Background: HIV presents one of the highest mutation rates, which in combination with a fast replication rate and a large population size accelerates viral evolution. Combination antiretroviral therapy can overcome the plasticity of the virus population and profoundly control viral replication. However, conventional treatment lacks the ability to stop viral production and clear the latent reservoir, which remains the major obstacle towards cure. Novel strategies, such as CRISPR/Cas9 genome editing, are required to permanently disrupt the HIV genome in the latently infected cells. In this study we investigated the ability of HIV to escape the CRISPR/Cas9 endonucleases targeting different steps in the viral life cycle.
Methods: The CRISPR/Cas9 system is comprised of a Cas9 protein, which in combination with a guideRNA (gRNA), is able to cleave a complementary dsDNA sequence. gRNAs were designed to target HIV-LTR, protease, reverse transcriptase, integrase and matrix. The CRISPR/Cas9 system was cloned in a lentivirus vector and transduced in SupT1 cells and the J.Lat Full-Length Clone 15-4. In the latter cells, impact of CRISPR/Cas9 on HIV reactivation was investigated. Transduced SupT1 cells were infected with HIV and viral replication and escape was monitored. On- and off-targeting efficiency (three genes per gRNA) and viral escape was assessed by deep sequencing.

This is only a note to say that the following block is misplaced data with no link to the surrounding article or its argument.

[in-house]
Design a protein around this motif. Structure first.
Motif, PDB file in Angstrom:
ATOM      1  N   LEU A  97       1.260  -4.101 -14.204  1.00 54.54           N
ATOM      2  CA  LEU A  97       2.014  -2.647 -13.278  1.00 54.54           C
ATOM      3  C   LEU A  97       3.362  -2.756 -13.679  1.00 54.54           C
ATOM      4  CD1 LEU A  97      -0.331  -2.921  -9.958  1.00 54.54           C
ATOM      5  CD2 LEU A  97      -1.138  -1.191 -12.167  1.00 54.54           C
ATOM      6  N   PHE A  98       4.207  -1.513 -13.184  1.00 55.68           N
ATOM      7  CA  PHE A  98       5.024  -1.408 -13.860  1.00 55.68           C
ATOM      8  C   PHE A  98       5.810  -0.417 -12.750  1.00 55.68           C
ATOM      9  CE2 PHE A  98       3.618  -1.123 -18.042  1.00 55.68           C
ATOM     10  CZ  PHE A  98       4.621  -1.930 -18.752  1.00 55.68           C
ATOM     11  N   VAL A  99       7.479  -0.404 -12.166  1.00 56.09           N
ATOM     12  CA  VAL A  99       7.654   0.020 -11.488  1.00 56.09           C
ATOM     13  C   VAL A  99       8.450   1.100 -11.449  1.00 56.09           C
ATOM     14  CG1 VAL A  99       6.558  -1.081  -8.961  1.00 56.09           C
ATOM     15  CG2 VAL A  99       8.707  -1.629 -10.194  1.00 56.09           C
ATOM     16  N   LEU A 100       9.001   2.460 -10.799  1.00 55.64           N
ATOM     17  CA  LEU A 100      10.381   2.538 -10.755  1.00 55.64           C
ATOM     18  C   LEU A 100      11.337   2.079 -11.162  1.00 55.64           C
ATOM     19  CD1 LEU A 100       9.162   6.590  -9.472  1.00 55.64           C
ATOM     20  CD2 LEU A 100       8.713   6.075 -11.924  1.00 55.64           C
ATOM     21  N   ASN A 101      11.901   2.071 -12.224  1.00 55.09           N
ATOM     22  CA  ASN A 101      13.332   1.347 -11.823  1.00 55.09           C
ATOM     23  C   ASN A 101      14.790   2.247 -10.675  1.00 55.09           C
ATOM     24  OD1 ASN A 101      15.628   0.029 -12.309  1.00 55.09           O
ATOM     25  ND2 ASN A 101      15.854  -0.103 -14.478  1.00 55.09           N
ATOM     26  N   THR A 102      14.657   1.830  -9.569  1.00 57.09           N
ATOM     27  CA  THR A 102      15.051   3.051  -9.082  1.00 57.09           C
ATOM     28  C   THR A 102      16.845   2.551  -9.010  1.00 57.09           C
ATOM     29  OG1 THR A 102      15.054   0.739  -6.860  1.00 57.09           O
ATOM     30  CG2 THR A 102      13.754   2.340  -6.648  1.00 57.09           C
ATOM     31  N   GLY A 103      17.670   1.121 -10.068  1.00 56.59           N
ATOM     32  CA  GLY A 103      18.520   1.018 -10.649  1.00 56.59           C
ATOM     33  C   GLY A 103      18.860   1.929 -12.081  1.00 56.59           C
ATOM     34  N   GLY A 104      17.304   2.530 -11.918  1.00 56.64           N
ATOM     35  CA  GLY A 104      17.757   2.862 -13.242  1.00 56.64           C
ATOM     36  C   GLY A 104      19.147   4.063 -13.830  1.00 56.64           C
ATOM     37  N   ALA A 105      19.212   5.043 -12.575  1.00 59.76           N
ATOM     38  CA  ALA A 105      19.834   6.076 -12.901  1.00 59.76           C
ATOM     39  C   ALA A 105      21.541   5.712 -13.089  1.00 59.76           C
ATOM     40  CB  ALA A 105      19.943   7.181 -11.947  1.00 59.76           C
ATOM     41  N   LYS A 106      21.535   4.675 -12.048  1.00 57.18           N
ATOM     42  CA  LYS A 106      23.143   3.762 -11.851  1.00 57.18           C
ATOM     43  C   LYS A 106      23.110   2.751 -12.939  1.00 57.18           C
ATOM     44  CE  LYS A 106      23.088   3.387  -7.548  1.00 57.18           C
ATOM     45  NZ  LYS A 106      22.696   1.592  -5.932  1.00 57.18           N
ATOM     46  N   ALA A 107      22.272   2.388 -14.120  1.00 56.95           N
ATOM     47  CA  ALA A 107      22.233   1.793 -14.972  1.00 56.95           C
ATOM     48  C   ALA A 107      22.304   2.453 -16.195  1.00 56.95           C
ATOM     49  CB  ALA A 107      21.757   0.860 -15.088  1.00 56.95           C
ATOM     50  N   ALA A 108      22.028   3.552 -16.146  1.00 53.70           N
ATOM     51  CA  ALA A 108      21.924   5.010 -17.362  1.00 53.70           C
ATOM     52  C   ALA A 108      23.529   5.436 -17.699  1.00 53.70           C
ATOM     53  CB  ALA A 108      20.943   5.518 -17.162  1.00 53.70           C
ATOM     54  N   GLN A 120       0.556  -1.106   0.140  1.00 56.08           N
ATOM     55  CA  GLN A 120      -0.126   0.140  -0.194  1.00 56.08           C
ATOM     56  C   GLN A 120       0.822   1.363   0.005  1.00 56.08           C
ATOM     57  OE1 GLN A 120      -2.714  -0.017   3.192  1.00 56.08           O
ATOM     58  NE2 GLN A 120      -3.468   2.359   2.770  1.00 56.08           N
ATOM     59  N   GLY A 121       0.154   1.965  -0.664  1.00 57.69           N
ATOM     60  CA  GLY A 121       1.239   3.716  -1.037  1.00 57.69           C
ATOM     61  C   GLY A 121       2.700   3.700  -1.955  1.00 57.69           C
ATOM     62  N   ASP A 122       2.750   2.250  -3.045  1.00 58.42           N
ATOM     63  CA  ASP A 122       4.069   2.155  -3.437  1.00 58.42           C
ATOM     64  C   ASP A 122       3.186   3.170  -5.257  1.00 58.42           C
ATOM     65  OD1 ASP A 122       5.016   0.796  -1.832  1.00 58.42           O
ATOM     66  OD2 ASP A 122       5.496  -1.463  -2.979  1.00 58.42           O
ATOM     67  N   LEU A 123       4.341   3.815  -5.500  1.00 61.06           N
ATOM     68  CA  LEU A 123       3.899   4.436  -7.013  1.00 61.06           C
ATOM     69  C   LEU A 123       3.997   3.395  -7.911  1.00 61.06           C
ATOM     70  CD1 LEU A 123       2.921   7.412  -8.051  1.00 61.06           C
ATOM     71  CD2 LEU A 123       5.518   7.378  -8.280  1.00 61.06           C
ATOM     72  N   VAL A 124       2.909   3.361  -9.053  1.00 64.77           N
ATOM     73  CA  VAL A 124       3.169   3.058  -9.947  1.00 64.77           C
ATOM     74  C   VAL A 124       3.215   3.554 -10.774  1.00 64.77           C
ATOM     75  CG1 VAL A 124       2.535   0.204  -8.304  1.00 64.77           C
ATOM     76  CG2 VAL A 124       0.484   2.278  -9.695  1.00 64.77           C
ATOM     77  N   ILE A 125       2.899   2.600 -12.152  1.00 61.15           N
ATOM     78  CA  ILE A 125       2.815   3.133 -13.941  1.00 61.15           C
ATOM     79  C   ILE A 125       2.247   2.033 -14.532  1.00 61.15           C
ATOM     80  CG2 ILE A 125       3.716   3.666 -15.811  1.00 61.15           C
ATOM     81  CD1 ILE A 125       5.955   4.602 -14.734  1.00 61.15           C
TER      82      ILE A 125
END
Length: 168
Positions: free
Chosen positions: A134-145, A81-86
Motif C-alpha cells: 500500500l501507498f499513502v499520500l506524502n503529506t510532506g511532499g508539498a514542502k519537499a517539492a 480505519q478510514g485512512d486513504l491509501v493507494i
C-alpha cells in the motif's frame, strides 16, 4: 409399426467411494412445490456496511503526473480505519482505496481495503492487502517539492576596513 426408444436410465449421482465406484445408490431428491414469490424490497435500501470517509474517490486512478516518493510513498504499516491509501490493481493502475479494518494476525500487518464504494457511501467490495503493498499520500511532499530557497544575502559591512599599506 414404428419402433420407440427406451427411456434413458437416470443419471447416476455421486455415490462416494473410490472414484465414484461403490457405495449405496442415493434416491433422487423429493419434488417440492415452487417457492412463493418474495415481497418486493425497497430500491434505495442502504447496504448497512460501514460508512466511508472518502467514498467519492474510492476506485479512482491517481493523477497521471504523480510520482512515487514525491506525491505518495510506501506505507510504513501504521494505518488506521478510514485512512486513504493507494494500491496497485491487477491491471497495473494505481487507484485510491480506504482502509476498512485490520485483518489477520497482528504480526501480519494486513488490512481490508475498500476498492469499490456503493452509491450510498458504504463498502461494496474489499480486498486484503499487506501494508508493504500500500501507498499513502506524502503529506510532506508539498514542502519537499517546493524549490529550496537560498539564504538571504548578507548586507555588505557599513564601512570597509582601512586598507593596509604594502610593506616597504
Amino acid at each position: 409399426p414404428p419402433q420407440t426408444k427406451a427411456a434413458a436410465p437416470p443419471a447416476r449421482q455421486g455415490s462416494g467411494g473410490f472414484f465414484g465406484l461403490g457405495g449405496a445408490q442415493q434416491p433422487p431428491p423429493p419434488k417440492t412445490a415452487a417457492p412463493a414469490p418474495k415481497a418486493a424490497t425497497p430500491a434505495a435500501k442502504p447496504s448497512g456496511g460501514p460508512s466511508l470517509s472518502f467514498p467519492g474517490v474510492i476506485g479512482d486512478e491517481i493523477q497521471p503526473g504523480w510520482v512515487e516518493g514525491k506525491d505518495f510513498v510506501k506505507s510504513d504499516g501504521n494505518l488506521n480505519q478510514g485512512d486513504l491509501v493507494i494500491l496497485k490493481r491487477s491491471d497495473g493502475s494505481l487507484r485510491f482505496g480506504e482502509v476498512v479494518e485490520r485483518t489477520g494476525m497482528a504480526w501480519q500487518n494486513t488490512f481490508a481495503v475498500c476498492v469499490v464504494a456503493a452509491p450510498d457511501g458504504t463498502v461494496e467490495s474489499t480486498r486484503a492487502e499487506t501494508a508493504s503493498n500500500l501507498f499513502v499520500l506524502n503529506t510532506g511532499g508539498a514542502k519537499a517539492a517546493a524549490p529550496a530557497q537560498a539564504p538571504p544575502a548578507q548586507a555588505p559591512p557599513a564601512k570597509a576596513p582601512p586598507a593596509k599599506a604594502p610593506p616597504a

Results: The CRISPR/Cas9 endonuclease induced efficient HIV genome editing (75%-99%), while off-target efficiency was < 0.9%. Subsequent TNFα-induced HIV reactivation was significantly reduced (single gRNA (40%-95%); two gRNAs (>98%)). We also demonstrated a significant reduction of HIV replication after six days of culture in SupT1 cells (single gRNA (82%-97%); two gRNAs (93%-99%)). Reduction in viral replication could be directly correlated to the number of CRISPR/Cas9 induced changes in the target sites (mostly indels). Independent of the potency of the gRNAs, selection of resistance was observed for all single gRNAs. However, all combinations of two potent gRNAs resulted in the generation of such a large number of CRISPR/Cas9 induced mutations (mostly indels) that viral replication could not be rescued after months of in vitro selection.
Conclusions: This is the first study to demonstrate that combining potent gRNAs targeting different steps in the viral lifecycle can prevent the selection of viral resistance.